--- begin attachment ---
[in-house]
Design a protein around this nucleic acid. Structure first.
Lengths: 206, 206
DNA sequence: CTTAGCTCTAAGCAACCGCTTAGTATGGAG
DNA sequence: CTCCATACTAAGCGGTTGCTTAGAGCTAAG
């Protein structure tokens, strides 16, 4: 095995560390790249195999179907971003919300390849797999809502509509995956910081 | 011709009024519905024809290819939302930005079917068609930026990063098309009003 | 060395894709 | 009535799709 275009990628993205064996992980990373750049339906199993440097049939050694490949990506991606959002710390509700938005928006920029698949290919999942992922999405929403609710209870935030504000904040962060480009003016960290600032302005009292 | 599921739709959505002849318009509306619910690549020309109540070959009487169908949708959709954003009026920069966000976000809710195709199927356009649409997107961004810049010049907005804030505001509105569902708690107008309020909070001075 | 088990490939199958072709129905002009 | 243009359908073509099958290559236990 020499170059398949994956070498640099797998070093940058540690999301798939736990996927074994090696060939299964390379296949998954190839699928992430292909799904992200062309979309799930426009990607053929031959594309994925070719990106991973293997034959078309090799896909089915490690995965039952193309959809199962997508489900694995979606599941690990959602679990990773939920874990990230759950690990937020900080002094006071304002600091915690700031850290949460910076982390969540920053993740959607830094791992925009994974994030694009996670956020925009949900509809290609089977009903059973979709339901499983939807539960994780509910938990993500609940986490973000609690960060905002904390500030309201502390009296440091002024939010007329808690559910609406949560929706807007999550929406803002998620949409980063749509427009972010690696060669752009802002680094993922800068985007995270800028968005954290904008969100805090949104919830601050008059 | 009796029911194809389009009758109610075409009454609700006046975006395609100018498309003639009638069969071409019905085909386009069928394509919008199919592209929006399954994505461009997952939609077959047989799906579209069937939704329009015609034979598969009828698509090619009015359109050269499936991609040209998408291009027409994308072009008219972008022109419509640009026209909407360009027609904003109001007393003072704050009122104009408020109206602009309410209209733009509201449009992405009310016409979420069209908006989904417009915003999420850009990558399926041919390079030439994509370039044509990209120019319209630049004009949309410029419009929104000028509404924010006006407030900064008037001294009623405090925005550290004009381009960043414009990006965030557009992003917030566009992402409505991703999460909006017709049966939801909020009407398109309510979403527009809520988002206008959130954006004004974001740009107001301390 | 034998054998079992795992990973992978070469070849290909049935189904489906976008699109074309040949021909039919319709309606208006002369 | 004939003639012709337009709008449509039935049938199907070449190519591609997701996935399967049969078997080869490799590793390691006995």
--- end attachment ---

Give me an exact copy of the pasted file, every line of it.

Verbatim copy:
[in-house]
Design a protein around this nucleic acid. Structure first.
Lengths: 206, 206
DNA sequence: CTTAGCTCTAAGCAACCGCTTAGTATGGAG
DNA sequence: CTCCATACTAAGCGGTTGCTTAGAGCTAAG
């Protein structure tokens, strides 16, 4: 095995560390790249195999179907971003919300390849797999809502509509995956910081 | 011709009024519905024809290819939302930005079917068609930026990063098309009003 | 060395894709 | 009535799709 275009990628993205064996992980990373750049339906199993440097049939050694490949990506991606959002710390509700938005928006920029698949290919999942992922999405929403609710209870935030504000904040962060480009003016960290600032302005009292 | 599921739709959505002849318009509306619910690549020309109540070959009487169908949708959709954003009026920069966000976000809710195709199927356009649409997107961004810049010049907005804030505001509105569902708690107008309020909070001075 | 088990490939199958072709129905002009 | 243009359908073509099958290559236990 020499170059398949994956070498640099797998070093940058540690999301798939736990996927074994090696060939299964390379296949998954190839699928992430292909799904992200062309979309799930426009990607053929031959594309994925070719990106991973293997034959078309090799896909089915490690995965039952193309959809199962997508489900694995979606599941690990959602679990990773939920874990990230759950690990937020900080002094006071304002600091915690700031850290949460910076982390969540920053993740959607830094791992925009994974994030694009996670956020925009949900509809290609089977009903059973979709339901499983939807539960994780509910938990993500609940986490973000609690960060905002904390500030309201502390009296440091002024939010007329808690559910609406949560929706807007999550929406803002998620949409980063749509427009972010690696060669752009802002680094993922800068985007995270800028968005954290904008969100805090949104919830601050008059 | 009796029911194809389009009758109610075409009454609700006046975006395609100018498309003639009638069969071409019905085909386009069928394509919008199919592209929006399954994505461009997952939609077959047989799906579209069937939704329009015609034979598969009828698509090619009015359109050269499936991609040209998408291009027409994308072009008219972008022109419509640009026209909407360009027609904003109001007393003072704050009122104009408020109206602009309410209209733009509201449009992405009310016409979420069209908006989904417009915003999420850009990558399926041919390079030439994509370039044509990209120019319209630049004009949309410029419009929104000028509404924010006006407030900064008037001294009623405090925005550290004009381009960043414009990006965030557009992003917030566009992402409505991703999460909006017709049966939801909020009407398109309510979403527009809520988002206008959130954006004004974001740009107001301390 | 034998054998079992795992990973992978070469070849290909049935189904489906976008699109074309040949021909039919319709309606208006002369 | 004939003639012709337009709008449509039935049938199907070449190519591609997701996935399967049969078997080869490799590793390691006995």